(Bloomberg) -- Europe’s energy crunch is deepening, with gas and power prices hitting fresh records after the U.S. warned the continent isn’t doing enough to prepare for what could be potentially a dire winter.
With about a month to go before the start of the heating season, Europe doesn’t have enough natural gas in storage sites and isn’t building inventories fast enough either. Amos Hochstein, the U.S. State Department’s envoy for energy security, said on Friday he was worried about supplies this winter.
Energy demand is rebounding across the world as economies reopen and people return to the office. Gas stockpiles in Europe are already at the lowest level in more than a decade for this time of year, pushing up the cost of producing electricity. The rally in European energy prices is just a taste of what’s to come for other commodities, Goldman Sachs Group Inc. said in a report.
“European energy pricing dynamics offer a glimpse of what is in store for other commodity markets, with widening deficits and depleting inventories leading to elevated price volatility,” said Goldman analysts including Jeff Currie. For European gas, “demand destruction is the only option to rebalance markets,” they said.
Europe is struggling to boost supplies, with flows from No. 2 supplier Norway currently limited due to maintenance. Top seller Russia is “is coming off an extended period of inexplicably low supply” at a time when U.S. deliveries of liquefied natural gas can’t be increased further, Hochstein said.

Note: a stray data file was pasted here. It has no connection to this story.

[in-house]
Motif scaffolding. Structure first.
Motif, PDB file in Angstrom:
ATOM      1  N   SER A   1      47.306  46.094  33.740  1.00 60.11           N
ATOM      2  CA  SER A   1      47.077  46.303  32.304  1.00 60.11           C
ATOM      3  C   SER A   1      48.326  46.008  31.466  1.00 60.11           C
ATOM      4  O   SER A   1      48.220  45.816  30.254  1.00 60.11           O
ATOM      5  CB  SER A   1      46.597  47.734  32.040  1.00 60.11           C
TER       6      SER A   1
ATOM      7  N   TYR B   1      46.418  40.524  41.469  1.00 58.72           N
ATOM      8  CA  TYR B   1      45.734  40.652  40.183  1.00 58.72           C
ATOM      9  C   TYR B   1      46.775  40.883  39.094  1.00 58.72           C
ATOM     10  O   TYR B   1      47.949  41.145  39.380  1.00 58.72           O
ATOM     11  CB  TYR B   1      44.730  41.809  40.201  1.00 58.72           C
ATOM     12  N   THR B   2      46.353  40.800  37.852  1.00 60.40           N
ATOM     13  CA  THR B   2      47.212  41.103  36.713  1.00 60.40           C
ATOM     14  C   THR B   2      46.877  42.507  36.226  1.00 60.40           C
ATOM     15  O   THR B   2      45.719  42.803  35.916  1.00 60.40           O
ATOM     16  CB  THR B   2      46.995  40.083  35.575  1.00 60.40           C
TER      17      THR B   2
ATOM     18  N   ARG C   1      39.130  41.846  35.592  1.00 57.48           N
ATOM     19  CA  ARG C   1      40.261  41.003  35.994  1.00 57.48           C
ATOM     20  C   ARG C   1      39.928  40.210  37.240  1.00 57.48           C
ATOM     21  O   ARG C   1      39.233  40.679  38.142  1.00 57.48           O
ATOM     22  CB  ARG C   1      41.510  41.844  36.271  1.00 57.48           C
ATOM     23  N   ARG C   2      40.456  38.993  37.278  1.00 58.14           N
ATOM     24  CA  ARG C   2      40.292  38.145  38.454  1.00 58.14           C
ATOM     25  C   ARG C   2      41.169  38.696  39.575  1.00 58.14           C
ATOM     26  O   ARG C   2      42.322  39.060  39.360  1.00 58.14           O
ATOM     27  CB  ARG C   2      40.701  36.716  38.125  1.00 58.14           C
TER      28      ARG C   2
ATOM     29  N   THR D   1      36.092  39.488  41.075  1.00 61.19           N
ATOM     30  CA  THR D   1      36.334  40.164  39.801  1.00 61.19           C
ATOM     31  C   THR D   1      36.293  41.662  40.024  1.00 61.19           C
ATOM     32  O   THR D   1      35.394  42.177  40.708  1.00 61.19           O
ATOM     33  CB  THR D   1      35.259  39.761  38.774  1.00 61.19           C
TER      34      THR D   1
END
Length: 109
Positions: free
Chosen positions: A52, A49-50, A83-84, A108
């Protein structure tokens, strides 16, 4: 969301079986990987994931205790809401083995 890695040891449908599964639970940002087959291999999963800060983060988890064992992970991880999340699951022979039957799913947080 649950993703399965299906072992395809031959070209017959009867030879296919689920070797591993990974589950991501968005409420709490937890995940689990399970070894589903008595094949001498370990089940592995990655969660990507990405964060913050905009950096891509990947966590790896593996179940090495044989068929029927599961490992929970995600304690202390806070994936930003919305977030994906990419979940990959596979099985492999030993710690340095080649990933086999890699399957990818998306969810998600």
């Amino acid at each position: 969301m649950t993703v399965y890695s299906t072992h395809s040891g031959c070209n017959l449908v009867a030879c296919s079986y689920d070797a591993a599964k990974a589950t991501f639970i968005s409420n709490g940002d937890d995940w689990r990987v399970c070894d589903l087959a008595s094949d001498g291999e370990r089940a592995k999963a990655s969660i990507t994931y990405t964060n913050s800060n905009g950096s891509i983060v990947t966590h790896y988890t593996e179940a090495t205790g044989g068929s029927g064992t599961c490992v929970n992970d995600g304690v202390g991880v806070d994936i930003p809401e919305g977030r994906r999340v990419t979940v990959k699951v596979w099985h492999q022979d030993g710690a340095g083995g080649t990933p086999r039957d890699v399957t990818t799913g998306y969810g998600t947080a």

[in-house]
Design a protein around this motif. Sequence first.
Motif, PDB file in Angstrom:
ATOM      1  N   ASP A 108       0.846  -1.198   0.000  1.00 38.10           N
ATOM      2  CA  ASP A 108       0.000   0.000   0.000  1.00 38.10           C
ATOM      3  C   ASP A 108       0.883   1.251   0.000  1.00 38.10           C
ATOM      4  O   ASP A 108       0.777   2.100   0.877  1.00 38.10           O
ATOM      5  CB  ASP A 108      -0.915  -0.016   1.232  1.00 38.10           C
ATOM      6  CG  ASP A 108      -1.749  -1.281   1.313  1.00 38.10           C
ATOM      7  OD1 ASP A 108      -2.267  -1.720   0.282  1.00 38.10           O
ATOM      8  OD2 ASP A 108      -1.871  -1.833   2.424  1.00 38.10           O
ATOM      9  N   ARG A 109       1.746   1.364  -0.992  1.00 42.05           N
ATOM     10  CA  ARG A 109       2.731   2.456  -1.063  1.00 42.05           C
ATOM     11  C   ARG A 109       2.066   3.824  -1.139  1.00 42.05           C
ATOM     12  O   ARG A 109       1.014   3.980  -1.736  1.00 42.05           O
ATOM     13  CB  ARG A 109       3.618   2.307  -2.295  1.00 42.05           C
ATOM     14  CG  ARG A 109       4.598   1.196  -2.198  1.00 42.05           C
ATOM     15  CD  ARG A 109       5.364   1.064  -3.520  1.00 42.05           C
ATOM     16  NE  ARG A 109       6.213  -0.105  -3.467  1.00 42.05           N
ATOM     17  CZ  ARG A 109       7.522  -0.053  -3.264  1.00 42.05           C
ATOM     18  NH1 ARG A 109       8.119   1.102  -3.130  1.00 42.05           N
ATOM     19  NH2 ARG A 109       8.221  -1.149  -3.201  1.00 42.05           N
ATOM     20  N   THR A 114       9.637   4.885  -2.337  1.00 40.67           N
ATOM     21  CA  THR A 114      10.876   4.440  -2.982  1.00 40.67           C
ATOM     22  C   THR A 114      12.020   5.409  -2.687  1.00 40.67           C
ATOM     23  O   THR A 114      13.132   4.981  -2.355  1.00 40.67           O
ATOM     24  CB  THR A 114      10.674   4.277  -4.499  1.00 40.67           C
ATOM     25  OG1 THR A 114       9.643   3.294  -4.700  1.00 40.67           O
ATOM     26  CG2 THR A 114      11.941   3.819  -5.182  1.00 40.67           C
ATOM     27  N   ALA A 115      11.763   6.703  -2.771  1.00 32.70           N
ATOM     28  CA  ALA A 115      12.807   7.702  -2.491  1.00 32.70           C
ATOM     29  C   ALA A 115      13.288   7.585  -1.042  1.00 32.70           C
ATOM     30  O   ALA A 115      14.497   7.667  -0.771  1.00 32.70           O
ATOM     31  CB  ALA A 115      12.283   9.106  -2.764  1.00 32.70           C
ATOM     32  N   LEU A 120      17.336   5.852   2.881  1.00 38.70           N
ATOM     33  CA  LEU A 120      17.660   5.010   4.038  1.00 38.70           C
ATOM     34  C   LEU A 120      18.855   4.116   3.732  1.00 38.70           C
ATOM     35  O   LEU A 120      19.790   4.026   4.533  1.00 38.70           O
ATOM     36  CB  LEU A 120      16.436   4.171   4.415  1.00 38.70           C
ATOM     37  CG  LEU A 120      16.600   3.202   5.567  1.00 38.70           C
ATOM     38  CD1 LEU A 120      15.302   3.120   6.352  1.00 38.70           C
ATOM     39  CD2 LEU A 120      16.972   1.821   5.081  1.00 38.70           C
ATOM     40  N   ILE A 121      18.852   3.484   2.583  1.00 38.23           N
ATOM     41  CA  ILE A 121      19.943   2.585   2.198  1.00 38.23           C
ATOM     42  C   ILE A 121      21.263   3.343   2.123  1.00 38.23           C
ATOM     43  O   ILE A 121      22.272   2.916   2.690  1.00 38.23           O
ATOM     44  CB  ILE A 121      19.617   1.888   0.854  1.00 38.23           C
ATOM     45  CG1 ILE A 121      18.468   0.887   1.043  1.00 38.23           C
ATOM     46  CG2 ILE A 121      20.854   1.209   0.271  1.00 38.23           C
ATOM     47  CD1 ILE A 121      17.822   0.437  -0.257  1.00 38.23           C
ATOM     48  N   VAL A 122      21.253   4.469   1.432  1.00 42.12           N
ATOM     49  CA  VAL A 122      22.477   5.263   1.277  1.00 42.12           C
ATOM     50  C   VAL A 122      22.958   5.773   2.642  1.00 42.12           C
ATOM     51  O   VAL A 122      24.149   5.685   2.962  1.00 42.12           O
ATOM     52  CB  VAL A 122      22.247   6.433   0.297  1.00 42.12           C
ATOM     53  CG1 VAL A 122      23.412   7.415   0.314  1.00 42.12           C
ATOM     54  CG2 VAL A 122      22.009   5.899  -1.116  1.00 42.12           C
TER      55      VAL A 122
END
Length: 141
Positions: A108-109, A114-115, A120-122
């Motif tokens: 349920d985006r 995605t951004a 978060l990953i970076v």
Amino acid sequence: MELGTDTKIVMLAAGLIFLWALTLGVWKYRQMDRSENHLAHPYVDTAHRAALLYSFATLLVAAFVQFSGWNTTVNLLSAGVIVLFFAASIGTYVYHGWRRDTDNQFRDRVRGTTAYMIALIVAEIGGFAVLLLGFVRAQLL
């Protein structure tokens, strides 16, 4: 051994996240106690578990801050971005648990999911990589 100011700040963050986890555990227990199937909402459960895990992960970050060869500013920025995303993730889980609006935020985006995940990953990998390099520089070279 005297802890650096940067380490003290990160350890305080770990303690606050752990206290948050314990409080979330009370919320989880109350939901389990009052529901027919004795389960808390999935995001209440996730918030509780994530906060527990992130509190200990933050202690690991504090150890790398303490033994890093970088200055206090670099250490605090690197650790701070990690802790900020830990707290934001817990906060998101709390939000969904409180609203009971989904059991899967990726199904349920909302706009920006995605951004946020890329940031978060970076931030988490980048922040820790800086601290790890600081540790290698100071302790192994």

“I worry because I don’t think we should ever be in a position knowing that if it’s a cold winter, there’s not enough supply,” he told reporters during a visit to Warsaw.
Benchmark European gas futures traded in the Netherlands exceeded 60 euros a megawatt-hour, climbing as much as 4.6% to a new record. The U.K. contract for next-month surged as much as 4.3% to 151.79 pence a therm.
Soaring gas prices are fueling a rally in electricity. German power futures for next year, a benchmark for Europe, surged to a record 99.25 euros a megawatt-hour, while the equivalent French contract reached an all-time high of 102.75 euros a megawatt-hour on the European Energy Exchange.
Short-term prices are also gaining, with low wind power across most of Europe boosting costs. A bigger requirement from more expensive fossil-fueled plants to meet demand has lifted the German day-ahead contract to the highest since 2007 and the U.K. equivalent above 200 pounds for the fourth time in two weeks.
“If supply were to disappoint further and winter weather turns out colder than normal, European gas and power prices may have to rise further to ration demand and thus curb energy-intensive industrial production,” Goldman said.
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